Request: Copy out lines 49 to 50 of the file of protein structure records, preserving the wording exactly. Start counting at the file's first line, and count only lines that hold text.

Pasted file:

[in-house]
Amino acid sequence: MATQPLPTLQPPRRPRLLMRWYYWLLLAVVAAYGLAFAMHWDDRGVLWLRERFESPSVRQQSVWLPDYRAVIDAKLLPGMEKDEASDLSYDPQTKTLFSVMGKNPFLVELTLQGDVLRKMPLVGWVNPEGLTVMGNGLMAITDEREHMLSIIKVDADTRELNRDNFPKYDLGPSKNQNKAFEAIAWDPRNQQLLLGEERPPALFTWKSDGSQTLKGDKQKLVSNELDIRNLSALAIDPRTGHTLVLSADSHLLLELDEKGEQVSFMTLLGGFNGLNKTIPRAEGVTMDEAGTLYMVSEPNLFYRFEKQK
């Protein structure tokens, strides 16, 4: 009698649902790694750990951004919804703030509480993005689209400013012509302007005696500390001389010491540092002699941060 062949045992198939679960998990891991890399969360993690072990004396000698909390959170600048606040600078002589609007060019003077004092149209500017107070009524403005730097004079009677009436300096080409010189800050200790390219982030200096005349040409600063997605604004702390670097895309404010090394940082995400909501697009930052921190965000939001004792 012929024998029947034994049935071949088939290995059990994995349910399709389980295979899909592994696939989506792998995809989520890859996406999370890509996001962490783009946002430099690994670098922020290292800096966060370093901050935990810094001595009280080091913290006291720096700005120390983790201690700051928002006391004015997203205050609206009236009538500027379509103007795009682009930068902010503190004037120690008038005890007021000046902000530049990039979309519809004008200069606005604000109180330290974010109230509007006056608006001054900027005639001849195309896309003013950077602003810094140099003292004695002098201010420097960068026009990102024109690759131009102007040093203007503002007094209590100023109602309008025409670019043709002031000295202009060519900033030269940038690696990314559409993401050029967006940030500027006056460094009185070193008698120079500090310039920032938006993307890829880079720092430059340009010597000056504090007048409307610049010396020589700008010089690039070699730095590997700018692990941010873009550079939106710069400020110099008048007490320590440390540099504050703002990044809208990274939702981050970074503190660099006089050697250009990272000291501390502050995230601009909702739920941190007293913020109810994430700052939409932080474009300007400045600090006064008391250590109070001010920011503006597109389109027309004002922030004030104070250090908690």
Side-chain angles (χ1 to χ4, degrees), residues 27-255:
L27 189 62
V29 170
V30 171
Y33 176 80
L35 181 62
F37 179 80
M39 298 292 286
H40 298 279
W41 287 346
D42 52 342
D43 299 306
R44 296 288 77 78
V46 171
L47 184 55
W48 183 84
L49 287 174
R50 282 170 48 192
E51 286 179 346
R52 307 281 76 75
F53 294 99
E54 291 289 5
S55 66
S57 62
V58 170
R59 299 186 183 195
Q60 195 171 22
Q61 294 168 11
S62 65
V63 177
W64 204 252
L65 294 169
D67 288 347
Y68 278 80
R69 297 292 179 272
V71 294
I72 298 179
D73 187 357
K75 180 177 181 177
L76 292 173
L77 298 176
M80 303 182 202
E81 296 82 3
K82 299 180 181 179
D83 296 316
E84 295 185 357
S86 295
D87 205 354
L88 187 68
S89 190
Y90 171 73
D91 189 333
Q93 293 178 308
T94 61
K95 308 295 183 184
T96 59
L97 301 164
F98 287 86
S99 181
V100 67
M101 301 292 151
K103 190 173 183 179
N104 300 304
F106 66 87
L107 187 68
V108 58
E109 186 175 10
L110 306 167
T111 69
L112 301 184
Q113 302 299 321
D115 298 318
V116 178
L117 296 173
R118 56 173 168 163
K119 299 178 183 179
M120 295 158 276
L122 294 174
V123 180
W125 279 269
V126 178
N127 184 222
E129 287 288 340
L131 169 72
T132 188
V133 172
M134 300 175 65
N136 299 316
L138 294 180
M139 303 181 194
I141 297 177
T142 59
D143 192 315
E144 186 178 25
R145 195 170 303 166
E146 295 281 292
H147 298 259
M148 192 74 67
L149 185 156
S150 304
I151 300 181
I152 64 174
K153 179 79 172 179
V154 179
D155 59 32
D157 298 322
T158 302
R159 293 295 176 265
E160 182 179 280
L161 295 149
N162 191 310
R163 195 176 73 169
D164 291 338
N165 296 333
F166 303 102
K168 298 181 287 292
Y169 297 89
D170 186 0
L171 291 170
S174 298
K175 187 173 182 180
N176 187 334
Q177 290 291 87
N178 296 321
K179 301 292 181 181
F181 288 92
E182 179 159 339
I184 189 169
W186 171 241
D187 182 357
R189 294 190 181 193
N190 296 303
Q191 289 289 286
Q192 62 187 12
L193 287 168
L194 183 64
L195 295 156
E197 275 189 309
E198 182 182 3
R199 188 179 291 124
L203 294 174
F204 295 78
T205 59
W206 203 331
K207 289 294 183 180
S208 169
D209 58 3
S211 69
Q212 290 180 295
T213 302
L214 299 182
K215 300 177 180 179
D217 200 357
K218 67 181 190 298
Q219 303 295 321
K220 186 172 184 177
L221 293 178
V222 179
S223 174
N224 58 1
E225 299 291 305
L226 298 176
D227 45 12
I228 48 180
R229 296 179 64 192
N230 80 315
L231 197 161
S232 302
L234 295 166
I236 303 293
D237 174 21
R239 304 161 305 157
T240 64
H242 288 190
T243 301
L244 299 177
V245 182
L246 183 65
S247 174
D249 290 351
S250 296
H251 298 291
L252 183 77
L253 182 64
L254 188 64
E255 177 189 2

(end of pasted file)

E84 295 185 357
S86 295